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Children of the night at a crossroad
Art

Children of the night at a crossroad

There is something quite extraordinary about the area known as Checheneya – not far from the once quite resident area turned a business district named, Bole in midst of the most desired part of the capital. Chechenya, named after the infamous territory of the Russian Federation known for its conflicts more than its peace, this part of Addis Ababa is dusty most of the time and muddy and messy when it rains.

This is where young adolescent children come to sell their bodies for money in the wee hours of the night. Here, an average ‘night worker’ usually earns thousands of birr a night and the younger the better.

From the massage parlors to the street workers, who stand on the side in the wee hours of the night, the pimps who wear mostly emulated brand name cloths from China, this is where many realized their dreams easily, but now have come to realize that success is not certainly that easy.

With little and no social safety nets, all business here has taken a sudden and cruel sharp turn. Many have become victims of sudden success with little foundation to stand on now that most of the businesses have been forced to close down.

With most of the establishments shutdown, in the midst of COVID-10 pandemic and the recent unrest that has devastated the well-being of the city, the area is a skeleton of what is used to be for the workers whose youth brought many to their doorsteps not too long ago.

“I used to earn thousands in one of the massage paroles here, but since it closed down, with little savings and money spent on accessories and free rent, I have now been forced to sell all I bought with money earned for a fraction of what I paid and I am now standing on the street waiting for a customer that is now avoiding us because of the pandemic,” a 17-year-old, who goes by the name of ‘TG’ said, standing next to an area that was once crowded with people, now almost a ghost like street.

For too long, Chechenya has been regarded as an extension of Bole. It was supposed to be a place of skyscrapers, not the shantytown area it has become with ugly architectures made of out of mud huts.

However, with growing buildings that are partially finished and taking a generation to complete, and famous butcheries such as Yilma and dotted hotels with little standard, this area has remained a place of high ambition, little reality and false dreams.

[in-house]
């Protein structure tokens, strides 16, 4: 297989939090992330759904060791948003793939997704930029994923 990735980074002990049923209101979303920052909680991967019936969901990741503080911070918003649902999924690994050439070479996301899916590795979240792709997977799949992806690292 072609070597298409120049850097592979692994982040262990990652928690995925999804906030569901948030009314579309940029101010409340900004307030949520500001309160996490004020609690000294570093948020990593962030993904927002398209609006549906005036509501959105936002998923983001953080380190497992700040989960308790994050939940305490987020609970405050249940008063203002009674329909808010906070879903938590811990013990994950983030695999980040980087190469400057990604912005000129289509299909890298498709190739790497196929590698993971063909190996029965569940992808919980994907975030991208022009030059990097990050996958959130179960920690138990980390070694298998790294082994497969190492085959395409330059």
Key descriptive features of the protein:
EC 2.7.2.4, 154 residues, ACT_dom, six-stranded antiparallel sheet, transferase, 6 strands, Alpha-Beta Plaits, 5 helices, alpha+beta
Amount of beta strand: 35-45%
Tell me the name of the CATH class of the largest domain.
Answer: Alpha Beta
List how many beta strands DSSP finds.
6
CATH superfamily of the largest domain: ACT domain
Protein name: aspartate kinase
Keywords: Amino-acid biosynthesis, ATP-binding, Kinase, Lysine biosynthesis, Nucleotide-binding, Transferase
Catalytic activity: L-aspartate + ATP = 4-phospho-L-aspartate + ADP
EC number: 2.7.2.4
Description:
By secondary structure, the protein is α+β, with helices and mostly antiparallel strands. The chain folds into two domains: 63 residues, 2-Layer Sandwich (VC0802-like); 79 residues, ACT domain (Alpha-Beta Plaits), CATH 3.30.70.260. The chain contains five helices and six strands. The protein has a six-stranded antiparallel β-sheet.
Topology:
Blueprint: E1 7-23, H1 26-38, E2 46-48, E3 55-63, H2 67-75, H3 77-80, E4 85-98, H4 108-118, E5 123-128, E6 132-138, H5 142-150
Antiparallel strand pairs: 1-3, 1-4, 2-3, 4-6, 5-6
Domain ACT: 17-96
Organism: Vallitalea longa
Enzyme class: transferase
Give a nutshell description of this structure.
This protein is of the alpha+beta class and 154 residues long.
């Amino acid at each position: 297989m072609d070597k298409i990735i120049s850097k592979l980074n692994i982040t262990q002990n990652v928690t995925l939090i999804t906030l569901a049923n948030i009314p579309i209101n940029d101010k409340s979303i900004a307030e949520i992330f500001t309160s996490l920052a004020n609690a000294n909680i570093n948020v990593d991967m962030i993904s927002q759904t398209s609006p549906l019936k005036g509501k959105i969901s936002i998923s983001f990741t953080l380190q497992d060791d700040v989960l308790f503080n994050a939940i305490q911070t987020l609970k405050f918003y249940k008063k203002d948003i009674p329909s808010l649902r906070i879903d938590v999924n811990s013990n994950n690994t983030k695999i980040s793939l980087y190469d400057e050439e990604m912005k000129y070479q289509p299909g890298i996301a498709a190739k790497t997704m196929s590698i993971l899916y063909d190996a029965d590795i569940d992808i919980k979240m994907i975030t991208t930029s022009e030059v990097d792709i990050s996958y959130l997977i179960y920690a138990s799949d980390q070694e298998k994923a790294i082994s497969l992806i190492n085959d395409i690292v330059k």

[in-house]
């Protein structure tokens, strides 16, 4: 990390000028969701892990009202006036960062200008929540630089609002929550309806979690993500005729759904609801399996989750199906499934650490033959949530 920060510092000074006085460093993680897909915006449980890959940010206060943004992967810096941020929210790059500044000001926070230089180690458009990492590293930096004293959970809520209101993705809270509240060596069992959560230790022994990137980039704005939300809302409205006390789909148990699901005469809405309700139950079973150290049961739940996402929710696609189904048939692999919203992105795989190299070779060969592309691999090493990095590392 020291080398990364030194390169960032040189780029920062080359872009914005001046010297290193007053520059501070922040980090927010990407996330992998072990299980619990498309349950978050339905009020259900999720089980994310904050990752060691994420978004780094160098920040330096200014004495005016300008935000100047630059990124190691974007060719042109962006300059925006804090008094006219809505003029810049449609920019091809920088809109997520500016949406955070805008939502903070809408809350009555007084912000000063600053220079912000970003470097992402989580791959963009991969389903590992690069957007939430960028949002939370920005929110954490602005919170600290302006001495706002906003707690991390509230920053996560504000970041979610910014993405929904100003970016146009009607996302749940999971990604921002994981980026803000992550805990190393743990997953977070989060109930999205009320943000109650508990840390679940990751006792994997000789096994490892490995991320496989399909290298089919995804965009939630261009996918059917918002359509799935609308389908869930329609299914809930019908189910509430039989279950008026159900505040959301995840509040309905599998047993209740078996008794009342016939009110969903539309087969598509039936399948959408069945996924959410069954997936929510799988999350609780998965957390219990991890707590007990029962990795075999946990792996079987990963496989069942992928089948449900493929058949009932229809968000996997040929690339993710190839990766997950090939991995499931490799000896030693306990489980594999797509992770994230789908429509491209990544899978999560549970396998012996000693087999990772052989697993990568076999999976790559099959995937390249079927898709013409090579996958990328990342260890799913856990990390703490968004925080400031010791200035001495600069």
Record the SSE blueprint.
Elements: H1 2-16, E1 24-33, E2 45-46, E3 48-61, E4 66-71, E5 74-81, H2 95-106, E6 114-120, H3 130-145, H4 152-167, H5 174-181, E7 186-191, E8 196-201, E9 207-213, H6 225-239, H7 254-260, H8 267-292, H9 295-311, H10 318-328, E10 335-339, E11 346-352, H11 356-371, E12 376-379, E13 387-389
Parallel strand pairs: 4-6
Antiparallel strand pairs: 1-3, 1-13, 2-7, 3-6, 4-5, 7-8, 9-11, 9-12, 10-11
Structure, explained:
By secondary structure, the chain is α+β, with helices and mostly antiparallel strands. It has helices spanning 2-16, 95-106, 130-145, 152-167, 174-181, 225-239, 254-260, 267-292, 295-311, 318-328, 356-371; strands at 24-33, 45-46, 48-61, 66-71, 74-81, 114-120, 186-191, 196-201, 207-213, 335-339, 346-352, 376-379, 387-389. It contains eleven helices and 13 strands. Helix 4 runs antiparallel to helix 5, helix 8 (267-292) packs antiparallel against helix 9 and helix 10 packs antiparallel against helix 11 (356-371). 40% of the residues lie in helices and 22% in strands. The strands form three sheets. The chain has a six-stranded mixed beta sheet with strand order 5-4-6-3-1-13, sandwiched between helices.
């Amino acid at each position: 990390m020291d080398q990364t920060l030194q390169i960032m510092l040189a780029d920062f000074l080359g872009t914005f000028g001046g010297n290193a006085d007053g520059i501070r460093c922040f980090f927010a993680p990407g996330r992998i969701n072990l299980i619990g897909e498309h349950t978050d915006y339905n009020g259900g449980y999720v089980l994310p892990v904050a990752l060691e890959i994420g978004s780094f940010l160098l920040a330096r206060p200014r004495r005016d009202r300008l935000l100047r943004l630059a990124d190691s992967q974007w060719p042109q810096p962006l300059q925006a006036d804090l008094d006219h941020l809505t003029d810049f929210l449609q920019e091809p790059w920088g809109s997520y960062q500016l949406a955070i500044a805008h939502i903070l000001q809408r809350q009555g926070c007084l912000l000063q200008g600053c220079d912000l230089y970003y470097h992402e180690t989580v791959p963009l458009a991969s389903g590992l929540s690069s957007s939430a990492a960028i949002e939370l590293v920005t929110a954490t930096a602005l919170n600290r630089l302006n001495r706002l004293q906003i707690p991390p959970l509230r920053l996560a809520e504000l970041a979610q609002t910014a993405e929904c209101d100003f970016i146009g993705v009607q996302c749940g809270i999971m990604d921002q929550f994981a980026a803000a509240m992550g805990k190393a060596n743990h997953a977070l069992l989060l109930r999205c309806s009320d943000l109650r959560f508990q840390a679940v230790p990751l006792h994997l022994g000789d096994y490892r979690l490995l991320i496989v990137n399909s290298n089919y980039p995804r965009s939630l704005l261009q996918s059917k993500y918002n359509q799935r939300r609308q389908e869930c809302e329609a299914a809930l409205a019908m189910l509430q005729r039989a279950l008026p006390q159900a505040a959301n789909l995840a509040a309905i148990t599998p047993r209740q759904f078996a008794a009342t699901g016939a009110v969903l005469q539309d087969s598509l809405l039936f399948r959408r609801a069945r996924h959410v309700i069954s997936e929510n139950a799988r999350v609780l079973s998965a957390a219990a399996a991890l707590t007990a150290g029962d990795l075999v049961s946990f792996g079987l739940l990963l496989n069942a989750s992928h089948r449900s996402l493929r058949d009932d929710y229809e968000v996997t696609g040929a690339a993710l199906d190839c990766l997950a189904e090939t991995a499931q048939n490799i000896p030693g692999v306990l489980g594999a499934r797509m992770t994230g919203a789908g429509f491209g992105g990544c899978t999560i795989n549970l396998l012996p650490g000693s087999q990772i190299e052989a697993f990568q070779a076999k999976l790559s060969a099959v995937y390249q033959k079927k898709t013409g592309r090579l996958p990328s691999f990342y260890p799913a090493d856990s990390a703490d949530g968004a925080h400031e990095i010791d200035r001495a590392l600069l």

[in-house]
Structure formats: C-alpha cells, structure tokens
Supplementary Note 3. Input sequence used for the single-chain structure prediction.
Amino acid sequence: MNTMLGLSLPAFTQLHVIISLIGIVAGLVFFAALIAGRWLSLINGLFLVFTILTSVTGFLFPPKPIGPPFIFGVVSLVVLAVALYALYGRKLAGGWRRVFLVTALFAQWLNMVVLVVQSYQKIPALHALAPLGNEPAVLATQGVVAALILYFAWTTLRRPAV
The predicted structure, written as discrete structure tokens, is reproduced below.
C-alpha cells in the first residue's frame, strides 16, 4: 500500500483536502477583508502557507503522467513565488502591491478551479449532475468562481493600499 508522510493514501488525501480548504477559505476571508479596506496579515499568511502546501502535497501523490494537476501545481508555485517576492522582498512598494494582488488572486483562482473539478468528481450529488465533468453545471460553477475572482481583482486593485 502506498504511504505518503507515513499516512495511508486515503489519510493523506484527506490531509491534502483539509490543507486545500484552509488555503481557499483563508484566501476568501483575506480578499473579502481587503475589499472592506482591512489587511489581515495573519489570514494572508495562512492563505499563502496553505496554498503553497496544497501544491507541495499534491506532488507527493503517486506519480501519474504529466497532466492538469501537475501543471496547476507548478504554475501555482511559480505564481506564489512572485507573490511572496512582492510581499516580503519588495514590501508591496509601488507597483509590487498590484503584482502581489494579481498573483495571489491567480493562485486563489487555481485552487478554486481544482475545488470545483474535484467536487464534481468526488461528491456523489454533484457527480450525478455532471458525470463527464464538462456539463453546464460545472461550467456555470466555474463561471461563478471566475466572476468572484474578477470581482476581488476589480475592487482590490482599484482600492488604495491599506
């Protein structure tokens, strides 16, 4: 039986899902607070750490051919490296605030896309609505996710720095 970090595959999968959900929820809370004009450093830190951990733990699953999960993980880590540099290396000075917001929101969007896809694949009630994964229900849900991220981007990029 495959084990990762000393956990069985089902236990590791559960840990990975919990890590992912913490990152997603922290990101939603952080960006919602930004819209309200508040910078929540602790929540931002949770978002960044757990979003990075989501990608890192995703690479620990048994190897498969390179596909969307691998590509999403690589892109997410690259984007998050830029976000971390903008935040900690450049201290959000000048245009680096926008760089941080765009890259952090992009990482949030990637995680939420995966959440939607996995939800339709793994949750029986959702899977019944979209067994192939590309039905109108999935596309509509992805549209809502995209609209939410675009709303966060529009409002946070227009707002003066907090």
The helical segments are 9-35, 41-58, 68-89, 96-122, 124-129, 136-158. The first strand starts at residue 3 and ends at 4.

Not far from this area, in a city of little live music that was a fixture of its past, the famous Getachew Kassa and others held an audience with fans – old and new – in a restaurant named Queen of Sheba DC that was opened by an Ethiopian-American returnee. The place had big ideas of making it a hub for live music, but the plan has however faded.

Getachew, who returned to Ethiopia after more than three decades, complained of losing his only income and being forced to cancel his appearances. The busy place is not empty, selling what others sell, becoming like all others and without the live music, embracing the status quo.

“When we had Getachew Kassa preform with us, we were extremely busy, we had a full house and we had a full staff. Right now, not as much as the impact is being felt, not just by the artist himself, but all of us who worked here in the late hours of the evening and we just hope we will live to tell this moment and learn from it and survive it,” a young waiter, who once made a majority his income from tips, told The Reporter.

Back at Chechenya, it is also as concerning as it is worrisome, as most establishments turn dark and most of the children that made is lively stand in the dark for business and many street workers wait for customers that seldom come.

It is cold at night, dangerous with street children who mistreat them with abusive words and middle aged men who touch them for no reason but to abuse them in the watchful eyes of soldiers who see them as deserving of abuses, yet another 16-year-old waited for a pick up.

She wore excessive makeup that made her hide her youth and vulnerabilities.

“I worked in a massage parlor since I came to Addis and we were protected, I felt safe, happy and I made more money that I could ever think of. I had regular customers and those who walked in the night and asked for me and I was content and I was happy. When COVID-19 started, we were told to be careful, to wash our hands, and wear a mask when we give services such as a massage for the police to see when they came,” she said.

“But our real work is sex and wearing a mask and preforming what everyone comes to get and expects us to give is impossible to do. One night, the owner of the business called us all for a meeting, told us the establishment was closing and we were thrown outside with little money saved,” she added.

Her friend also followed her friend and lived freely in one of the other parlors, but her dream of making money, while being pampered with gifts and money has faded. While she had lots of money to spend, she saved none, at only 17; she did not look ahead and, as she said, was foolish not to have saved much of her income for the future.

“When I lived in those parlor houses, I did not have to worry about paying rent. I was fed and I slept the whole day and got up in the late afternoon, to eat, smoke, drink alcohol and wait for my regular customers. I felt content and I was happy and protected. I brought business to the owners and they offered me plenty,” she told The Reporter.

“I never felt I would be in a position for not having enough resources and the responsibility to pay rent. I now feel used and disposed. My old life now seems a far-fetched dream,” she cried.